While the petition identifies assets of the diocese that are included in the bankruptcy estate, it also identifies assets — like parishes, schools and some bank accounts and investments — that it says are excluded under Catholic canon law.

Canon law guides and directs the church’s administration and operations. Under canon law, each entity within the diocese is a separate entity within the church, the filing said. The diocese may have title to the property held for the benefit of those separate entities.

The filing identifies properties the diocese says is “held for the benefit of the parishes and institutions of the diocese and is not property of the estate.”

Canon law has come under scrutiny across the country as other dioceses have sought bankruptcy protection to settle sexual abuse claims.

“They (the church) have been challenged, and they will continue to be challenged,” Datsopoulos said.

LARRY MAYER, Gazette Staff
A cornerstone shows the 1952 construction date of the Holy Rosary Church.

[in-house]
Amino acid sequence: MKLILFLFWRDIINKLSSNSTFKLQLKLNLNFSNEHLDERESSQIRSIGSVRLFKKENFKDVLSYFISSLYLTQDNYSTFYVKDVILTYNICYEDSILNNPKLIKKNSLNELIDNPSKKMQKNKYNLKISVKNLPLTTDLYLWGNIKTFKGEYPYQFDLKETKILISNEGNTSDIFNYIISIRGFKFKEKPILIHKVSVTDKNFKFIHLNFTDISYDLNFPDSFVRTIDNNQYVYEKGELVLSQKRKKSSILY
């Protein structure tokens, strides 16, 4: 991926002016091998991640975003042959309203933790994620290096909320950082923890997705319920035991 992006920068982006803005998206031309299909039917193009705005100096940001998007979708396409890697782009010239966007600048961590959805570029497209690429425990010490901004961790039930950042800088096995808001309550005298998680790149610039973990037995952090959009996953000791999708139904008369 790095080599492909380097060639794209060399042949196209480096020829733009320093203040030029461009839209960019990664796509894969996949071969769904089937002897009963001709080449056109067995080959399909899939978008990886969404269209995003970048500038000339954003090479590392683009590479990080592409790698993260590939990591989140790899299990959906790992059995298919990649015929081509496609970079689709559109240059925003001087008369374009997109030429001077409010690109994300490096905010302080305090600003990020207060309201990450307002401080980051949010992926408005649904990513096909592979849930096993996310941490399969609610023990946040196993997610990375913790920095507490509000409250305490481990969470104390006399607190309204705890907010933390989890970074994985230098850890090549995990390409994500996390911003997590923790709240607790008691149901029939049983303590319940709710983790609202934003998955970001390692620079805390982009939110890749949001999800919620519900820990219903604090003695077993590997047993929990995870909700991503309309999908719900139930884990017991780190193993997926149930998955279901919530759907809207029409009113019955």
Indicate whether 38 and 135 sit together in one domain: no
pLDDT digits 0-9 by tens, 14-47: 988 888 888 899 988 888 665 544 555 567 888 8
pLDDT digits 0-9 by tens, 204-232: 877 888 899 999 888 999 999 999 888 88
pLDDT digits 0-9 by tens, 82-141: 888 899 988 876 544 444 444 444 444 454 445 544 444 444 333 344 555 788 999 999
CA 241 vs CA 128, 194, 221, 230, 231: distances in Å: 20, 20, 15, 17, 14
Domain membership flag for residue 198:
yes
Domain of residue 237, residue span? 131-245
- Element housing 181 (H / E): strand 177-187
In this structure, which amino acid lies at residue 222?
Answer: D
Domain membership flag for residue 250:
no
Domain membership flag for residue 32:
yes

There are areas where canon law and the laws of Montana and the country are inconsistent with each other, but the litigation is occurring outside of the church, Datsopoulos said.

“We’re governed by the laws of this country, even if we’re Catholics,” Datsopoulos said.

His view, Datsopoulos said, is that assets being excluded under canon law will be a part of the settlement negotiation. Although some of the assets are “off limits,” the analysis is “very technical,” he said.

“It’s clearly a point of contention and a difficult problem,” Datsopoulos said.

“Ethically and legally, our total commitment is making sure our clients get treated as fairly as possible within what’s available and practical. We’re not interested in destroying the diocese or the Catholic Church,” Datsopoulos added.

The petition lists the diocese’s assets as totaling about $20.7 million in real and personal property, cash and investments. Liabilities total about $14.8 million in unsecured claims.

The diocese has about $71 million in real property, including individual parishes and schools, $2.5 million in bank accounts and $15 million in investments, that are not part of the estate under canon law, the petition said.

The diocese holds about $13.8 million in real property that is considered part of the estate. Included in those holdings are five parcels, totaling about $1.2 million, in Billings. Four of the properties are identified as a “future church site,” while the fifth is Holy Cross Cemetery.

Eultgen said the $1.2 million value was based on tax assessments although the church doesn’t pay property taxes.